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Schema Design

Let’s start with listing down the entities that are involved in a basic todo app.

  • Task
  • User

Todo Graph

Equivalent GraphQL schema for the graph above would be as follow:

type Task {
    ...
}

type User {
    ...
}

What are the fields that these two simple entities contain?

We have a title and a status to check if it was completed or not in the Task type. Then the User type has a username (unique identifier), name and the tasks.

So each user can have many tasks.

Todo Graph complete *Note - ' * ' signifies one-to-many relationship

Now let’s add @id directive to username which makes it the unique key & also add @hasInverse directive to enable the above relationship between tasks and user. We represent that in the GraphQL schema shown below:

type Task {
    id: ID!
    title: String!
    completed: Boolean!
    user: User!
}

type User {
    username: String! @id
    name: String
    tasks: [Task] @hasInverse(field: user)
}

Save the content in a file schema.graphql.

Running

Before we begin, make sure that you have Docker installed on your machine.

Let’s begin by starting Dgraph standalone by running the command below:

docker run -it -p 8080:8080 dgraph/standalone:master

Let’s load up the GraphQL schema file to Dgraph:

curl -X POST localhost:8080/admin/schema --data-binary '@schema.graphql'

You can access that GraphQL endpoint with any of the great GraphQL developer tools. Good choices include GraphQL Playground, Insomnia, GraphiQL and Altair.

Set up any of them and point it at http://localhost:8080/graphql. If you know lots about GraphQL, you might want to explore the schema, queries and mutations that were generated from the schema.

Mutating Data

Let’s add a user and some todos in our Todo App.

mutation {
  addUser(input: [
    {
      username: "[email protected]",
      name: "Alice",
      tasks: [
        {
          title: "Avoid touching your face",
          completed: false,
        },
        {
          title: "Stay safe",
          completed: false
        },
        {
          title: "Avoid crowd",
          completed: true,
        },
        {
          title: "Wash your hands often",
          completed: true
        }
      ]
    }
  ]) {
    user {
      username
      name
      tasks {
        id
        title
      }
    }
  }
}

Querying Data

Let’s fetch the todos to list in our Todo App:

query {
  queryTask {
    id
    title
    completed
    user {
        username
    }
  }
}

Running the query above should return JSON response as shown below:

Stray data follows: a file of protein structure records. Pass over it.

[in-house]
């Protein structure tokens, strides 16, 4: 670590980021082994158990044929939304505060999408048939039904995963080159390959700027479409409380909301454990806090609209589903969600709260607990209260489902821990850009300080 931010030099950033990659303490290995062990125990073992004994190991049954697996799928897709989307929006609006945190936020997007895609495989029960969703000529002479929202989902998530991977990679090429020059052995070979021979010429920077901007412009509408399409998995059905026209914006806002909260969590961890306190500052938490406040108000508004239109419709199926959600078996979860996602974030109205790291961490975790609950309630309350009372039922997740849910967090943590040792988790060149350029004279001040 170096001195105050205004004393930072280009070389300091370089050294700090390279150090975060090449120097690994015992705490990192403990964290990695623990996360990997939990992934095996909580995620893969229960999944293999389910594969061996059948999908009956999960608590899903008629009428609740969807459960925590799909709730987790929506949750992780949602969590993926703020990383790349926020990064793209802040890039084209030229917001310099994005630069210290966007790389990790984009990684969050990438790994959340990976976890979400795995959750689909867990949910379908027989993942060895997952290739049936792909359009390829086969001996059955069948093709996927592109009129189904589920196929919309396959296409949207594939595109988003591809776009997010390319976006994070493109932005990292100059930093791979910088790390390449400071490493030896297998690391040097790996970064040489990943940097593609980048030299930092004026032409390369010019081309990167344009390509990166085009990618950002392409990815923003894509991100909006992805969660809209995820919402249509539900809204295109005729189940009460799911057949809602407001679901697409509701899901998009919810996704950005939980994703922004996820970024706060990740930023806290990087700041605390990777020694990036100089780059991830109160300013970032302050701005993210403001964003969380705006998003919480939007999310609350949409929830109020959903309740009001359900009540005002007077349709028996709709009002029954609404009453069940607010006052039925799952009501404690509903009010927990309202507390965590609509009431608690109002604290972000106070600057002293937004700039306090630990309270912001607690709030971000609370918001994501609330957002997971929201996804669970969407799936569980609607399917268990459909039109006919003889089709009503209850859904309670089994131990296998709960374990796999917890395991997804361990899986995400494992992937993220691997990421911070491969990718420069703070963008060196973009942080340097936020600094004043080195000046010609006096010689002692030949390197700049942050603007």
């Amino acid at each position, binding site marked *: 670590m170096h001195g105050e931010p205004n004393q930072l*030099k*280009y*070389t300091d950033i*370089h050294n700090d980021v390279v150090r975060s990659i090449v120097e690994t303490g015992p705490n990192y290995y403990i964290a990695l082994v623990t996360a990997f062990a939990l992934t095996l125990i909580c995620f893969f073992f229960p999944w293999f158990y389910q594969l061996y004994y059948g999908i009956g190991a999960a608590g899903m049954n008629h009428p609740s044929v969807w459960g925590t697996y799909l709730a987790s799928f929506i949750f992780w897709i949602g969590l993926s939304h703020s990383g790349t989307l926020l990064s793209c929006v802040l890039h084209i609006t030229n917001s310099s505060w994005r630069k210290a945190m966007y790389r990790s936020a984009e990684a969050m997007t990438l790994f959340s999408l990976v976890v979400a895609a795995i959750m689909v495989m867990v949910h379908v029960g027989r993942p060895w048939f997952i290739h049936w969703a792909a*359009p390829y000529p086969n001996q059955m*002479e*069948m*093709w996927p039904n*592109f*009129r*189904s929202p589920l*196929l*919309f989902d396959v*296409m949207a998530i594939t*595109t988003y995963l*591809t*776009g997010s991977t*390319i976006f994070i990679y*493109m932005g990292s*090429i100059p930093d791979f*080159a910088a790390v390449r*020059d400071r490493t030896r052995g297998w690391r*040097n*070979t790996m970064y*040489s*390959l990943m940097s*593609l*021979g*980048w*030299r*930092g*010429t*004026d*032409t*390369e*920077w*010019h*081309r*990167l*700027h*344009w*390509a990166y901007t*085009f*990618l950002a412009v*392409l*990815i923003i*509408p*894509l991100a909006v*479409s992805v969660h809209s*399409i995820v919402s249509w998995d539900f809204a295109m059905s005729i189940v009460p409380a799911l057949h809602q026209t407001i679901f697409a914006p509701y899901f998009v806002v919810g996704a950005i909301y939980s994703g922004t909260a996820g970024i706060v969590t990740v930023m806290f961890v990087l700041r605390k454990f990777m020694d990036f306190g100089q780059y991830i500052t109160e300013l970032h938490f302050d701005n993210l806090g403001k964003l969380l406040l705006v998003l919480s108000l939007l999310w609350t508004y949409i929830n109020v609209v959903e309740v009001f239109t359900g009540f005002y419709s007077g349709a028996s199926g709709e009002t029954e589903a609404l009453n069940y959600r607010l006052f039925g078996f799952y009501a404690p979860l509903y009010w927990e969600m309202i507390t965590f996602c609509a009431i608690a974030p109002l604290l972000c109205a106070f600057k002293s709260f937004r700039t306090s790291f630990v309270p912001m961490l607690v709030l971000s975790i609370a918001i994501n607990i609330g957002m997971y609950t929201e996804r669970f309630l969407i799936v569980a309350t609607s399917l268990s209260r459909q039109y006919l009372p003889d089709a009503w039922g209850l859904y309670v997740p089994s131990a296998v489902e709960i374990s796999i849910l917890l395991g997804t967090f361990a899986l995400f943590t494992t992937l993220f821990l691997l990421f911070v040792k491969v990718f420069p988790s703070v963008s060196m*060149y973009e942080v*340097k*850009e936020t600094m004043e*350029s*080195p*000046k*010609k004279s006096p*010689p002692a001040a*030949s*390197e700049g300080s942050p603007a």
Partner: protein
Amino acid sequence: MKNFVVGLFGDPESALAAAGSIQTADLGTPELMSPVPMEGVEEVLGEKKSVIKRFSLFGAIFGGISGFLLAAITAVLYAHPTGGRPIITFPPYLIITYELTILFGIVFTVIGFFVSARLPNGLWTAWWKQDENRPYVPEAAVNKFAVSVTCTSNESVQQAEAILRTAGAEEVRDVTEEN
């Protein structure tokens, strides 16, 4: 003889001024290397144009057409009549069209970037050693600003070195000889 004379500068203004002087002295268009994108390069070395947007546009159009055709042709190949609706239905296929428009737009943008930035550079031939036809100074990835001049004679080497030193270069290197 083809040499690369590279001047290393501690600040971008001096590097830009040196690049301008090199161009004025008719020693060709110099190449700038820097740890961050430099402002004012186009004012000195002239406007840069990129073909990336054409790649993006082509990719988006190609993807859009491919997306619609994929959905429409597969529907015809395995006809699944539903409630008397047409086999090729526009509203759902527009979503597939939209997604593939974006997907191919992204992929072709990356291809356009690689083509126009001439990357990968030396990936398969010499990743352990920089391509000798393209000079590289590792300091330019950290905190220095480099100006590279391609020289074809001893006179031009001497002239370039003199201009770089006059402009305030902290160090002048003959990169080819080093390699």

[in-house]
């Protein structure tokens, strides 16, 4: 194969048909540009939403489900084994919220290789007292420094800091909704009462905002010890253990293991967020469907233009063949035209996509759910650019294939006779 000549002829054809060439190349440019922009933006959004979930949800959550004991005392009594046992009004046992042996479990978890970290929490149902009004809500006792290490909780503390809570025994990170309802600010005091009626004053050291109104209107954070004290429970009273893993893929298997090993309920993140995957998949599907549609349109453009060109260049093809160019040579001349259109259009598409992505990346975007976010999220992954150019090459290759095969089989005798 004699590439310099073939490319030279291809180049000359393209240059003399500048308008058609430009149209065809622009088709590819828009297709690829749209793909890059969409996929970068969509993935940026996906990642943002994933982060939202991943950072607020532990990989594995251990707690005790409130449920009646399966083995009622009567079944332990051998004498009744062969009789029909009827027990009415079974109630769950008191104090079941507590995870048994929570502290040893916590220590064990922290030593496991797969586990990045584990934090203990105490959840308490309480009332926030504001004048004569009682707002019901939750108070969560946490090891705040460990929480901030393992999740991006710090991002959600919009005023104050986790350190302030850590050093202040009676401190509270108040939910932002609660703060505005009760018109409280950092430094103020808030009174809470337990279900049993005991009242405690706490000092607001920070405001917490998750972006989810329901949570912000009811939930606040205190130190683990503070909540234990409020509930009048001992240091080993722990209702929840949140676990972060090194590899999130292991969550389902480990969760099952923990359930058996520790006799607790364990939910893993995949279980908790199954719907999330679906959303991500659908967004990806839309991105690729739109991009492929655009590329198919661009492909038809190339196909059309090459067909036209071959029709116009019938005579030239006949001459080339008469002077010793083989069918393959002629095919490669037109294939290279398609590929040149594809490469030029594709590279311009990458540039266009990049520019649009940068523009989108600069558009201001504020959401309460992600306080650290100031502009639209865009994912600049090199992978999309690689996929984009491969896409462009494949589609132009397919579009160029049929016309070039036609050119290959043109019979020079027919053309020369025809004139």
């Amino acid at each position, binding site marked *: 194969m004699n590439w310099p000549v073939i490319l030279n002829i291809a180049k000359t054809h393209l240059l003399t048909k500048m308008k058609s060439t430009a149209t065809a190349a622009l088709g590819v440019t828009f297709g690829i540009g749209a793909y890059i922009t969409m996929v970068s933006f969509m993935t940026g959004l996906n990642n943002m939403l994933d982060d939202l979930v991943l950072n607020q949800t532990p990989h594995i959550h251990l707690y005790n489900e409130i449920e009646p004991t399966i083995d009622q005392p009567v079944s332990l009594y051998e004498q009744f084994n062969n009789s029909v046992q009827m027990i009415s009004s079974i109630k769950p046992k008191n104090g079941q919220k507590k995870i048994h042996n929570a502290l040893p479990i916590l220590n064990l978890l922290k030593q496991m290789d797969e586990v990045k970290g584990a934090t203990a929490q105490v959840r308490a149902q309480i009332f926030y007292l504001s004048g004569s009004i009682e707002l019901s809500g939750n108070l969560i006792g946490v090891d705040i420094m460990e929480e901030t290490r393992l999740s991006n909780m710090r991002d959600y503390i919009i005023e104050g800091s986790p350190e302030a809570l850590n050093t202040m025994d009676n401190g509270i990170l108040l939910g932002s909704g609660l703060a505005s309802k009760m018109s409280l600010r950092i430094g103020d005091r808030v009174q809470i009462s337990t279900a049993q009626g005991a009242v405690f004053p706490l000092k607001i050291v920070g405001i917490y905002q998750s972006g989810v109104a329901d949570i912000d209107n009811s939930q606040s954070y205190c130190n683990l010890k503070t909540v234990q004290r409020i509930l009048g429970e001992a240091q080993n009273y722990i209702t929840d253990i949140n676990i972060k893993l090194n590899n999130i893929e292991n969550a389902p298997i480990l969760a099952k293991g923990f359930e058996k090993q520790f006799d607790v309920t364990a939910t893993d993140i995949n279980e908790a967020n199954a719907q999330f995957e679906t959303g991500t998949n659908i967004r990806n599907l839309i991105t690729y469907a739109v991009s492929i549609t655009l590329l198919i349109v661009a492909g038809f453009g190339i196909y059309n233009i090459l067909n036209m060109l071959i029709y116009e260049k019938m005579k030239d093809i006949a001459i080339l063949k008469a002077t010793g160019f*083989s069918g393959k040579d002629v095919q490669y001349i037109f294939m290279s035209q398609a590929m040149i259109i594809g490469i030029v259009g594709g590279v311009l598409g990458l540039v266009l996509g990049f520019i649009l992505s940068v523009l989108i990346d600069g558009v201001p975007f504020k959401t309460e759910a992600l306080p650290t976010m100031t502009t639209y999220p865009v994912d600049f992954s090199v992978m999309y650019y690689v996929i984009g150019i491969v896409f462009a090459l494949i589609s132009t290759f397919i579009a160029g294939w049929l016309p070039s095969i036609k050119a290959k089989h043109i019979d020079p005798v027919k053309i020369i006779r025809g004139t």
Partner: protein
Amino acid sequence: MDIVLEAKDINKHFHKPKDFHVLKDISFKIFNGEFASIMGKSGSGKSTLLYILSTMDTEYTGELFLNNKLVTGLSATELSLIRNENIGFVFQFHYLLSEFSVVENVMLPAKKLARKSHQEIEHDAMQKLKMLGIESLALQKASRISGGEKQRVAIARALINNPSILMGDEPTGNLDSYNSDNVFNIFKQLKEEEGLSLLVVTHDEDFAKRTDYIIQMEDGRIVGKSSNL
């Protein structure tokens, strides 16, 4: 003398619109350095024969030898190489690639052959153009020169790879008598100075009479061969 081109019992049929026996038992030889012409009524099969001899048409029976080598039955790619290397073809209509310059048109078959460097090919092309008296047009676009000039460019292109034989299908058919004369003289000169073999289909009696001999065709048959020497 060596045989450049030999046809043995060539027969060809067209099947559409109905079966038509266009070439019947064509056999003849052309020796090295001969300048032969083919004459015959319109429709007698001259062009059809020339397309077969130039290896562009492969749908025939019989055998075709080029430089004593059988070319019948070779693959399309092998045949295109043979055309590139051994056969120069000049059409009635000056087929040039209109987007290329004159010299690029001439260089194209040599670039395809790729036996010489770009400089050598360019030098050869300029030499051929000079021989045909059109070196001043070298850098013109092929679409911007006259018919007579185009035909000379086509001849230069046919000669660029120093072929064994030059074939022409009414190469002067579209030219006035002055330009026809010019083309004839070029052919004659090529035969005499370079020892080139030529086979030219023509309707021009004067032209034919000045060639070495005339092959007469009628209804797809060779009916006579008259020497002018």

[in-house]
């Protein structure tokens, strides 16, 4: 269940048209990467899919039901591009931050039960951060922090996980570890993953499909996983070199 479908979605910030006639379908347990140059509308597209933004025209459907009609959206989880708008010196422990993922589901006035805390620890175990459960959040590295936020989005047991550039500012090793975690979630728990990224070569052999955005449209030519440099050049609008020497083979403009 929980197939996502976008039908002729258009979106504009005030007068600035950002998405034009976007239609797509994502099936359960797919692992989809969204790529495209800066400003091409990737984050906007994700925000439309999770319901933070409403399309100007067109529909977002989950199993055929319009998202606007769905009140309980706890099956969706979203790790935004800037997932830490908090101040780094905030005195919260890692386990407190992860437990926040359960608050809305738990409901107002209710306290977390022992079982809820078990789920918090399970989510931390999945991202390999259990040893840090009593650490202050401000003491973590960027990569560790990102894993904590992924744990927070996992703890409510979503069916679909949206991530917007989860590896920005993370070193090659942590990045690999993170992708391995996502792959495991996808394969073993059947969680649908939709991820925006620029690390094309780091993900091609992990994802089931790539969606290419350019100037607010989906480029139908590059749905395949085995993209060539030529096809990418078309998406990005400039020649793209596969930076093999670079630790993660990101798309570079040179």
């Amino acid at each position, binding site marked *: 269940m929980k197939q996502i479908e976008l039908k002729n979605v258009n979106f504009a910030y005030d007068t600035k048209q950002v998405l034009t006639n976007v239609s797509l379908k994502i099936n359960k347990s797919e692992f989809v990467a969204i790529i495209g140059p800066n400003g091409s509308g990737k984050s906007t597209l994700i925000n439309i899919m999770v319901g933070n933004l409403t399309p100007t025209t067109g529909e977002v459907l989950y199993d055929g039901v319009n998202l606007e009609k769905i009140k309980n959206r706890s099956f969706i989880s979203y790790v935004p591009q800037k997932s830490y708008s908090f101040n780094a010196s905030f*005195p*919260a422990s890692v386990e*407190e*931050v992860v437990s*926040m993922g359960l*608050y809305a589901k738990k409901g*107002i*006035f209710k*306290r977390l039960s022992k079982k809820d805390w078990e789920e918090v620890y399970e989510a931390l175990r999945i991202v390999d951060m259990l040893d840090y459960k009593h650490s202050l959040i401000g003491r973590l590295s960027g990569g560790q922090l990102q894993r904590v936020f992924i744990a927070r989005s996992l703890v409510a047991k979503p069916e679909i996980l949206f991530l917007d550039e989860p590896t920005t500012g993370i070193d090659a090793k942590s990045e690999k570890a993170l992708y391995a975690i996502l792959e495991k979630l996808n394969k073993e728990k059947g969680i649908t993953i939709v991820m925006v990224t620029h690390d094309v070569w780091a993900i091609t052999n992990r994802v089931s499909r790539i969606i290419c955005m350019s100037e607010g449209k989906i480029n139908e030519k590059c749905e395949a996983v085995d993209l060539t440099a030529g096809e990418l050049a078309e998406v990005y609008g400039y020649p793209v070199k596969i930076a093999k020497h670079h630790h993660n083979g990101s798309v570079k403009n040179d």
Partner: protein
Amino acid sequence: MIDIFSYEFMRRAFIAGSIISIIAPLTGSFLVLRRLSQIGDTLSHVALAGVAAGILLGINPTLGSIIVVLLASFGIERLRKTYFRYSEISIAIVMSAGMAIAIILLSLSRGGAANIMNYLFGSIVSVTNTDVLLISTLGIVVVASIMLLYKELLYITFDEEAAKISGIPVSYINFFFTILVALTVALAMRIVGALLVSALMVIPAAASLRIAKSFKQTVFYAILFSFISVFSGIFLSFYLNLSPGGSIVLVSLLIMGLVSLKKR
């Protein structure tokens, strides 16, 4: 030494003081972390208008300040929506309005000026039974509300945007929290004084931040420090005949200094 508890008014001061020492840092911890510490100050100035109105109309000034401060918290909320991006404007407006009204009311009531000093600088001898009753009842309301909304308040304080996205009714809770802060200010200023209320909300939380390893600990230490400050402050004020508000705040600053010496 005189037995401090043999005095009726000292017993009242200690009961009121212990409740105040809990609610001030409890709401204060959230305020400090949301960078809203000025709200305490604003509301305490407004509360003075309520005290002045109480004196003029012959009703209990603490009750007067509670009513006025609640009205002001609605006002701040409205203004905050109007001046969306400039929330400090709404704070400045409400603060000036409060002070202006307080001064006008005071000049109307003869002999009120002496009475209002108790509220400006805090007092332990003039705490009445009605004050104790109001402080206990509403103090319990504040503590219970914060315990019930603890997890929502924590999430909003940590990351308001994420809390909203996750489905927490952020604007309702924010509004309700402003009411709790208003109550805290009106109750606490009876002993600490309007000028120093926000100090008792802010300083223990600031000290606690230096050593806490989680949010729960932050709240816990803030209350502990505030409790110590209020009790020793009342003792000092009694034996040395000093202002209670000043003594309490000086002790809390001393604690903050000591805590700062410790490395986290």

{
  "data": {
    "queryTask": [
      {
        "id": "0x3",
        "title": "Avoid touching your face",
        "completed": false,
        "user": {
          "username": "[email protected]"
        }
      },
      {
        "id": "0x4",
        "title": "Stay safe",
        "completed": false,
        "user": {
          "username": "[email protected]"
        }
      },
      {
        "id": "0x5",
        "title": "Avoid crowd",
        "completed": true,
        "user": {
          "username": "[email protected]"
        }
      },
      {
        "id": "0x6",
        "title": "Wash your hands often",
        "completed": true,
        "user": {
          "username": "[email protected]"
        }
      }
    ]
  }
}

Querying Data with Filters

Before we get into querying data with filters, we will be required to define search indexes to the specific fields.

Let’s say we have to run a query on the completed field, for which we add @search directive to the field, as shown in the schema below:

type Task {
  id: ID!
  title: String!
  completed: Boolean! @search
  user: User!
}

The @search directive is added to support the native search indexes of Dgraph.

Resubmit the updated schema -

curl -X POST localhost:8080/admin/schema --data-binary '@schema.graphql'

Now, let’s fetch all todos which are completed :

query {
  queryTask(filter: {
    completed: true
  }) {
    title
    completed
  }
}

Next, let’s say we have to run a query on the title field, for which we add another @search directive to the field, as shown in the schema below:

type Task {
    id: ID!
    title: String! @search(by: [fulltext])
    completed: Boolean! @search
    user: User!
}

The fulltext search index provides the advanced search capability to perform equality comparison as well as matching with language-specific stemming and stopwords.

Resubmit the updated schema -

curl -X POST localhost:8080/admin/schema --data-binary '@schema.graphql'

Now, let’s try to fetch todos whose title has the word “avoid” :

query {
  queryTask(filter: {
    title: {
      alloftext: "avoid"
    }
  }) {
    id
    title
    completed
  }
}